Science & Technology

Scientists compiling genetic catalog of Galapagos species

By Elias L. Benarroch

Galapagos Islands, Ecuador, Aug 26 (EFE).- A group of Ecuadorian and foreign scientists is hard at work on a project to decipher the genetic catalog of the Galapagos islands by comparing “the barcodes of life” of species in the archipelago with the world gene bank and hoping to discover new species.

The project – being mounted by the Galapagos Sciences Center (GSC) and the University of San Francisco of Quito (USFQ) with the support of the University of Exeter – for the past year has been collecting samples of soil and water containing the DNA of land and marine species to make an inventory of the flora and fauna of the volcanic islands.

They do that by extracting the so-called “barcodes of life” from the species that leave their DNA – along with assorted microorganisms – in the samples collected.

“The ‘barcode’ is a little piece of the whole genome, the same in all individuals and species, (and is used) to be able to compare them,” Diego Ortiz, an ecology and molecular biology researcher with USFQ and the technical coordinator of the “Galapagos Barcode” project, told EFE.

Made up of hundreds of “letters,” sometimes more than 1,000, this genetic sequence allows scientists to distinguish known from unknown species, determine whether they are endemic or invasive and how they differ from their counterparts or similar species elsewhere in the world.

By academic convention, and depending on the study group, the gene selected as the molecular markers in a given study is usually the same. For example, it is sequence “12-S” in fish and “16-S” in bacteria.

Preliminary analysis in the study revealed that there is greater diversity in the western portion of the archipelago than in the eastern islands, that is “30 to 40 percent were (fish) species that were not represented in the world (gene) sequence data banks,” said Diana Pazmiño, the co-chief researcher for the project with a Ph.D. in Marine Sciences.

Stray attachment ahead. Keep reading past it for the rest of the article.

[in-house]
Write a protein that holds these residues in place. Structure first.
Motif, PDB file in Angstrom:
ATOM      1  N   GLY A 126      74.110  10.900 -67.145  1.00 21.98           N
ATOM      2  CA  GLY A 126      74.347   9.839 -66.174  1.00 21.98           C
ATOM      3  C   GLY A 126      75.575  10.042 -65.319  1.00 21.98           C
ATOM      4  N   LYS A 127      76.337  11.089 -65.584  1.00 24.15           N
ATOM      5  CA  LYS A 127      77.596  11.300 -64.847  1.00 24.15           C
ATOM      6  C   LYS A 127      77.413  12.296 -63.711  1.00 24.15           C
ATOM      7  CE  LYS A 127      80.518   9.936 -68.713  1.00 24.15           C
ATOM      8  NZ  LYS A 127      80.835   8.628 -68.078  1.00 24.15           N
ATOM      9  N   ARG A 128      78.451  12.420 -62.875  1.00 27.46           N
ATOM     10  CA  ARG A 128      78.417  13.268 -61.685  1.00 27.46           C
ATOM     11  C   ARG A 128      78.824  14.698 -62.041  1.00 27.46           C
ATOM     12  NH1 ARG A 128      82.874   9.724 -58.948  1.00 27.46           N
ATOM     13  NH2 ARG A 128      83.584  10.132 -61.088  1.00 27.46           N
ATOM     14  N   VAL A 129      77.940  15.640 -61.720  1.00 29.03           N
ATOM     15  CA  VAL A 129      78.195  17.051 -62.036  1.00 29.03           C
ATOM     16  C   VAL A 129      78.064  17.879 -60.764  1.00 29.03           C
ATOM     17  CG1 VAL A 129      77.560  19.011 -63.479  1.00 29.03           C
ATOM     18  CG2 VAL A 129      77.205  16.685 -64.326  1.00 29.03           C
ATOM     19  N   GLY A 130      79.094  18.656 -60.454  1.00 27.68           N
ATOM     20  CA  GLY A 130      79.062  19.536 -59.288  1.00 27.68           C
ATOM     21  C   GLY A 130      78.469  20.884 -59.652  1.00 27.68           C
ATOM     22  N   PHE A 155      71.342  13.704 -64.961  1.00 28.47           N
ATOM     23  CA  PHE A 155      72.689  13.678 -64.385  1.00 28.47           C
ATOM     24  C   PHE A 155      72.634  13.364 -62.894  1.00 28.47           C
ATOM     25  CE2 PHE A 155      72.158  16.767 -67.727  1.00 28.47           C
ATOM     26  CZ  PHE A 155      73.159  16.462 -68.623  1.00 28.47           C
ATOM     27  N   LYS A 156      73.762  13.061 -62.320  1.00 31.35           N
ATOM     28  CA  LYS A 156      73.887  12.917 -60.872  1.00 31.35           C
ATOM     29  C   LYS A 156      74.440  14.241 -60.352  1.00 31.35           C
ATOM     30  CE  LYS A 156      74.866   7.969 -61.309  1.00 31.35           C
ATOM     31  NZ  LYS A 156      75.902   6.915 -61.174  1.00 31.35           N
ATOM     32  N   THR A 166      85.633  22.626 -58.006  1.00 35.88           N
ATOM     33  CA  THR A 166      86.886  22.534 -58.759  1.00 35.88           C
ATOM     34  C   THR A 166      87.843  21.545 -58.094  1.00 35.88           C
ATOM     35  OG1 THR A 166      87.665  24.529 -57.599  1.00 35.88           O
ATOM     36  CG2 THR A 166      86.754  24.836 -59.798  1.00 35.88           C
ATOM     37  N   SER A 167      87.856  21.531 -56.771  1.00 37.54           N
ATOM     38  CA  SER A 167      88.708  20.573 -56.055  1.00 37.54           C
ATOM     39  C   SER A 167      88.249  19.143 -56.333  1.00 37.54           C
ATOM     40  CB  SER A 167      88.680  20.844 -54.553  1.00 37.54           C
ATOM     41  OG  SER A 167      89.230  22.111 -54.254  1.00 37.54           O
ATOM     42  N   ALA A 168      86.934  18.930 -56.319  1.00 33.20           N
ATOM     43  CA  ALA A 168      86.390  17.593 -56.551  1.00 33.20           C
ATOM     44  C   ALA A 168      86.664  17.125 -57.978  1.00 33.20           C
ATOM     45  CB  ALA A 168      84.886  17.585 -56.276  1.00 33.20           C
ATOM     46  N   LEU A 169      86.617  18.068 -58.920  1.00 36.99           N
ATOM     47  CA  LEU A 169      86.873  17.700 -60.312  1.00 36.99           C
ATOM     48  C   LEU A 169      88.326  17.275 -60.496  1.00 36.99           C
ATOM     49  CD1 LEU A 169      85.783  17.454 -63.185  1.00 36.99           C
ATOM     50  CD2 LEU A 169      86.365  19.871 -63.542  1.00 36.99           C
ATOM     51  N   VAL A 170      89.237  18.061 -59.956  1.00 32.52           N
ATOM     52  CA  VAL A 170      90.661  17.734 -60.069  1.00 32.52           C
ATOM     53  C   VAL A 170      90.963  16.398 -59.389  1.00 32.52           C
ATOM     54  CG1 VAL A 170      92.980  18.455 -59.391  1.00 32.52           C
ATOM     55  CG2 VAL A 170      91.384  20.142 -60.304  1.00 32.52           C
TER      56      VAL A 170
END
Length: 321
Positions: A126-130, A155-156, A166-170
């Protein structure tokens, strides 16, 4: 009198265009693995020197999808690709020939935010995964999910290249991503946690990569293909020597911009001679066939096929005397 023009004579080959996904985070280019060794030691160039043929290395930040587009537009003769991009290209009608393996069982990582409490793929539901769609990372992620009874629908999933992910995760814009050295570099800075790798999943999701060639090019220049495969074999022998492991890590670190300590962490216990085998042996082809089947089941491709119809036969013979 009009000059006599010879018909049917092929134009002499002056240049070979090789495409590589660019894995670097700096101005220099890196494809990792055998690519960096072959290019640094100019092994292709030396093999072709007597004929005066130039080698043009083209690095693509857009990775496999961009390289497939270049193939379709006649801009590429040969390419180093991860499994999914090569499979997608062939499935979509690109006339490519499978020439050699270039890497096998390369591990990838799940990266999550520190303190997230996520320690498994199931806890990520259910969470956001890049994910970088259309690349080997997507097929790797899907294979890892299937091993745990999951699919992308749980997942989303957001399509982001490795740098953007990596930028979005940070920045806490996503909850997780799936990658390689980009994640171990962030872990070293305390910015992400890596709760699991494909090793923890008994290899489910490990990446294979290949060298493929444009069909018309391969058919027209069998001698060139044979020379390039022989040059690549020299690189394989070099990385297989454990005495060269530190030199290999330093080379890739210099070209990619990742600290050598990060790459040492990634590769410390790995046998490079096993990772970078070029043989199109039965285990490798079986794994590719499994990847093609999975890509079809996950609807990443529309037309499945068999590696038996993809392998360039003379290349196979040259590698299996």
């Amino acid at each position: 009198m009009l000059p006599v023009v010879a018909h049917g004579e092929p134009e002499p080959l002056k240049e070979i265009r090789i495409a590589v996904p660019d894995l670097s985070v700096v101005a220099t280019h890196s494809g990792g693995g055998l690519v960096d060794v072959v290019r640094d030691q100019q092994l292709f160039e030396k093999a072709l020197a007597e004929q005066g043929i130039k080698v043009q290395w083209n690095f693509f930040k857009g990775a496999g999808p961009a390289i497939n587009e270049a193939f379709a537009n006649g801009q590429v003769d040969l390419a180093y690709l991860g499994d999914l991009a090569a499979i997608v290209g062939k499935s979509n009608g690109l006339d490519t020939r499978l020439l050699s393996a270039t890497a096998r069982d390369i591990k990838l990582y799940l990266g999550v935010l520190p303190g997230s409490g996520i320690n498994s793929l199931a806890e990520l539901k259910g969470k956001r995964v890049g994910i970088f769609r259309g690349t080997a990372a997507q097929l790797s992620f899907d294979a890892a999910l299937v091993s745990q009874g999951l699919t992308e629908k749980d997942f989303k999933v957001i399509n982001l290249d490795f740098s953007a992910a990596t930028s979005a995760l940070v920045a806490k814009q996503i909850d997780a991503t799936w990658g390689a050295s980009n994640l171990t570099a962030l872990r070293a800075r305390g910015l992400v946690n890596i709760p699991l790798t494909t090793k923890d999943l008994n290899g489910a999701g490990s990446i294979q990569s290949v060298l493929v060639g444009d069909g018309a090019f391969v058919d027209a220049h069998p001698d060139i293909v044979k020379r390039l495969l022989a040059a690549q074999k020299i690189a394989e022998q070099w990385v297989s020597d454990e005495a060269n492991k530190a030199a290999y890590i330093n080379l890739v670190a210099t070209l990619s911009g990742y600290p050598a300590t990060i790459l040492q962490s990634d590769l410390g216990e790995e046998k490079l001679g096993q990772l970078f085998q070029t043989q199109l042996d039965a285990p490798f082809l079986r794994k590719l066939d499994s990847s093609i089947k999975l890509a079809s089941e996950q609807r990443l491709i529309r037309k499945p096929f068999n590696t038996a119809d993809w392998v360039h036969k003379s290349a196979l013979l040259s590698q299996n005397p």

This could be due to the fact that they are species new to science or that they are already known but “no genetic work has ever been done on them before,” she said.

With the university located on a beach where seals coexist with humans, its work now consists of reviewing “one by one” these sequences and determining how many are new and how many are not.

Located about 1,000 kilometers (620 miles) west of the Ecuadorian mainland, the Galapagos consist of 13 big islands, nine medium islands and 107 islets, and in this Marine Preserve, the world’s second largest, are sharks of different species, whales, sea turtles, rays, penguins and marine iguanas.

On land, the Galapagos are famous for their giant tortoises, finches and albatrosses, but the explosion and diversity of animal and plant life here has no parallel anywhere else in the world.

The incredible biodiversity within the archipelago helped scientist Charles Darwin to develop his Theory of Evolution, and in 1978 UNESCO declared the islands to be a World Heritage Site.

The collection of genetic samples is based on a “citizen science” initiative in which 74 Galapagos residents periodically go out to collect samples of soil and water from different islands and send them to the university laboratories on the islands of Santa Cruz, Isabela and San Cristobal.

The project also serves to help the collectors out economically amid the paralysis of tourism due to the coronavirus pandemic and also to raise the awareness of society in general about the environment.

At the labs, the samples are put through a careful process for extracting the DNA to determine, through molecular analysis, the genetic sequences of every living thing that left its genetic trace there, thus allowing scientists to create a “biological inventory” of the sample.

Ortiz said that in every cubic centimeter of mud or water, there can be millions of cells to separate and analyze.

“Depending on the type of sample, the process could take a couple of hours, or perhaps a whole day, which even so is a record because before we used to be talking about weeks,” Pazmiño emphasized regarding the capabilities of the new equipment and procedures being used on the islands with the three MinION gene sequencing machines.

The cells in the samples always come from existing plant and animal life, Ortiz said, that deposited them there very recently, given that DNA deteriorates and is undetectable within just a few hours after being separated from the original organism.

The research focuses on the microbiome of plants, insects, bony fishes, cartilaginous fishes, mollusks, freshwater invertebrates, reptiles, tortoises and marine mammals.

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